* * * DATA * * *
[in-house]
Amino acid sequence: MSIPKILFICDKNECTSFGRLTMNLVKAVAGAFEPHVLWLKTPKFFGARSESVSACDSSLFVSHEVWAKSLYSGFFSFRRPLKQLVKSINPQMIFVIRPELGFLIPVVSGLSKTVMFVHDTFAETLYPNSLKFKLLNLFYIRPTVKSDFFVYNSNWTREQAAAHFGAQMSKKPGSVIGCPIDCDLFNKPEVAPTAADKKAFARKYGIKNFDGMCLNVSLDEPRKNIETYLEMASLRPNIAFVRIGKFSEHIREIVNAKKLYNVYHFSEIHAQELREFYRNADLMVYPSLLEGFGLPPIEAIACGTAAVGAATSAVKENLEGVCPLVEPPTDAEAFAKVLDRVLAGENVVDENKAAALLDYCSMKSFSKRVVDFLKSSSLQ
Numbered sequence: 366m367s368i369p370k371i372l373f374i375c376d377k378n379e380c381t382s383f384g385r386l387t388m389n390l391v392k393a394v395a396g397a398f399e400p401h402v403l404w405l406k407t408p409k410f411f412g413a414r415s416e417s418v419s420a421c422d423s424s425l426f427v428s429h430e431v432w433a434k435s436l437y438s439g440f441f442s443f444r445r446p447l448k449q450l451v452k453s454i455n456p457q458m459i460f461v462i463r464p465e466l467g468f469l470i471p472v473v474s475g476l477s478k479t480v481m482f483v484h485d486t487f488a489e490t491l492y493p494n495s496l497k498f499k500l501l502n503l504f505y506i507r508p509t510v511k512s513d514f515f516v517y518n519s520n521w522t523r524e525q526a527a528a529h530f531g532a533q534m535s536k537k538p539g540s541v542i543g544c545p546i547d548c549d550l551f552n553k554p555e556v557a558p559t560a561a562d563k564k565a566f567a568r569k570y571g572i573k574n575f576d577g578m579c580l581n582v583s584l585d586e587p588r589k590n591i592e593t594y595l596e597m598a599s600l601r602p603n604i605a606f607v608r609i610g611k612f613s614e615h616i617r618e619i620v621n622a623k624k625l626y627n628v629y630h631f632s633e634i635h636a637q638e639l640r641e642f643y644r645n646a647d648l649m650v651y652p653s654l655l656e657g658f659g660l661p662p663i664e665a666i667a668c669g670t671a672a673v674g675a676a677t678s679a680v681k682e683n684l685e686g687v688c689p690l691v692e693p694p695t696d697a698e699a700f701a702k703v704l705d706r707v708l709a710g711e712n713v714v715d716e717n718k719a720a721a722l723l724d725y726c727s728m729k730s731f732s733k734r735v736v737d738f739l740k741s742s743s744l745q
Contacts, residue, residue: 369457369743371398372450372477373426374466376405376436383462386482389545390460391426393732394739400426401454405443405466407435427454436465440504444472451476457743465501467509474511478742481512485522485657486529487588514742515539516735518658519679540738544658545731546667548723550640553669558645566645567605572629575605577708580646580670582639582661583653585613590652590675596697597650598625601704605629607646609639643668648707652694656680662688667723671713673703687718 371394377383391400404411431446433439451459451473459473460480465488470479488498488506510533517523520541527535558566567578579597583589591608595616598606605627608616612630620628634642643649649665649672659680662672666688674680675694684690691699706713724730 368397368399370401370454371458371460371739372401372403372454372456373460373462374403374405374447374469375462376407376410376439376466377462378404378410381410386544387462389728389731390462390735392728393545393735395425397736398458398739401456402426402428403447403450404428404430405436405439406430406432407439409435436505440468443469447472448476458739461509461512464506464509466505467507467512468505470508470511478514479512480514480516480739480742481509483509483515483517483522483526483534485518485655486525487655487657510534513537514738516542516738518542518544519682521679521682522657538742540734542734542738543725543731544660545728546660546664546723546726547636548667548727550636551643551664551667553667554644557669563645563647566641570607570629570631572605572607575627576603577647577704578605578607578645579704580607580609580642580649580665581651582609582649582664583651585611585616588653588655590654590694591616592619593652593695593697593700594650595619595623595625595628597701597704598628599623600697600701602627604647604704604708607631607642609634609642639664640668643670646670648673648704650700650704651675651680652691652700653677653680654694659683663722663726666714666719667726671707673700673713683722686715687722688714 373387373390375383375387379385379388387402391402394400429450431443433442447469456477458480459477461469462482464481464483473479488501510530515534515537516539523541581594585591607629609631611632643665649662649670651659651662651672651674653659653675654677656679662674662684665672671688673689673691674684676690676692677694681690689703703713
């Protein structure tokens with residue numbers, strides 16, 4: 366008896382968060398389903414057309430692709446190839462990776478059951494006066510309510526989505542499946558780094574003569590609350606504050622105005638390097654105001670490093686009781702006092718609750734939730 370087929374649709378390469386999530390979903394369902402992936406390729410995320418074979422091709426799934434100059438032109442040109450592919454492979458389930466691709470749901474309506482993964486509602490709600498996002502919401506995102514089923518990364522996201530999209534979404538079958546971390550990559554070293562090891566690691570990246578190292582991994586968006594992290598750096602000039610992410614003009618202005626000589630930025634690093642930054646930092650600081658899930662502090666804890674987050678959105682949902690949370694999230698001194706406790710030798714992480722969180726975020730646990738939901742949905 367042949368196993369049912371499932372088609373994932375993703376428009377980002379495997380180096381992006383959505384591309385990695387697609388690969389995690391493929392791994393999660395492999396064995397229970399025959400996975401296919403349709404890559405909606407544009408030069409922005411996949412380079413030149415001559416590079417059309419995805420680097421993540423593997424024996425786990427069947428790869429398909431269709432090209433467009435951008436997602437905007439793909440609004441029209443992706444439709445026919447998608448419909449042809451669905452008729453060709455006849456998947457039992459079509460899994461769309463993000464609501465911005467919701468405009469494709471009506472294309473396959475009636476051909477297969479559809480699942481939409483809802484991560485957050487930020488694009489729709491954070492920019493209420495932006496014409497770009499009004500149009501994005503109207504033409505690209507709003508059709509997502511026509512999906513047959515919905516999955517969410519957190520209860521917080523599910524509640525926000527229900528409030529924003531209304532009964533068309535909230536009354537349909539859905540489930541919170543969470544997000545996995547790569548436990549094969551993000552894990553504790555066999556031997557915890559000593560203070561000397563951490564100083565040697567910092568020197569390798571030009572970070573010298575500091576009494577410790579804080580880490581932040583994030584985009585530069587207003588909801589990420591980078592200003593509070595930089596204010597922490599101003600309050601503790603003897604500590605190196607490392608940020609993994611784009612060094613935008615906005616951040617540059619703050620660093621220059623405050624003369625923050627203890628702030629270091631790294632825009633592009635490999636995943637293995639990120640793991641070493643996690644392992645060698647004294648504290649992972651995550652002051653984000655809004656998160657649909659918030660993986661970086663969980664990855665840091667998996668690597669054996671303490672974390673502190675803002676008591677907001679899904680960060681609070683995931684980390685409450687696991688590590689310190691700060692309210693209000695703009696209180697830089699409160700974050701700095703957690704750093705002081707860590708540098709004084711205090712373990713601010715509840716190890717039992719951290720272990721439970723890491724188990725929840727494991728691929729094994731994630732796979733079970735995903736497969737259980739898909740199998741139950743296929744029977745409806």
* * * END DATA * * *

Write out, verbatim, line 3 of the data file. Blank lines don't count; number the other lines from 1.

Numbered sequence: 366m367s368i369p370k371i372l373f374i375c376d377k378n379e380c381t382s383f384g385r386l387t388m389n390l391v392k393a394v395a396g397a398f399e400p401h402v403l404w405l406k407t408p409k410f411f412g413a414r415s416e417s418v419s420a421c422d423s424s425l426f427v428s429h430e431v432w433a434k435s436l437y438s439g440f441f442s443f444r445r446p447l448k449q450l451v452k453s454i455n456p457q458m459i460f461v462i463r464p465e466l467g468f469l470i471p472v473v474s475g476l477s478k479t480v481m482f483v484h485d486t487f488a489e490t491l492y493p494n495s496l497k498f499k500l501l502n503l504f505y506i507r508p509t510v511k512s513d514f515f516v517y518n519s520n521w522t523r524e525q526a527a528a529h530f531g532a533q534m535s536k537k538p539g540s541v542i543g544c545p546i547d548c549d550l551f552n553k554p555e556v557a558p559t560a561a562d563k564k565a566f567a568r569k570y571g572i573k574n575f576d577g578m579c580l581n582v583s584l585d586e587p588r589k590n591i592e593t594y595l596e597m598a599s600l601r602p603n604i605a606f607v608r609i610g611k612f613s614e615h616i617r618e619i620v621n622a623k624k625l626y627n628v629y630h631f632s633e634i635h636a637q638e639l640r641e642f643y644r645n646a647d648l649m650v651y652p653s654l655l656e657g658f659g660l661p662p663i664e665a666i667a668c669g670t671a672a673v674g675a676a677t678s679a680v681k682e683n684l685e686g687v688c689p690l691v692e693p694p695t696d697a698e699a700f701a702k703v704l705d706r707v708l709a710g711e712n713v714v715d716e717n718k719a720a721a722l723l724d725y726c727s728m729k730s731f732s733k734r735v736v737d738f739l740k741s742s743s744l745q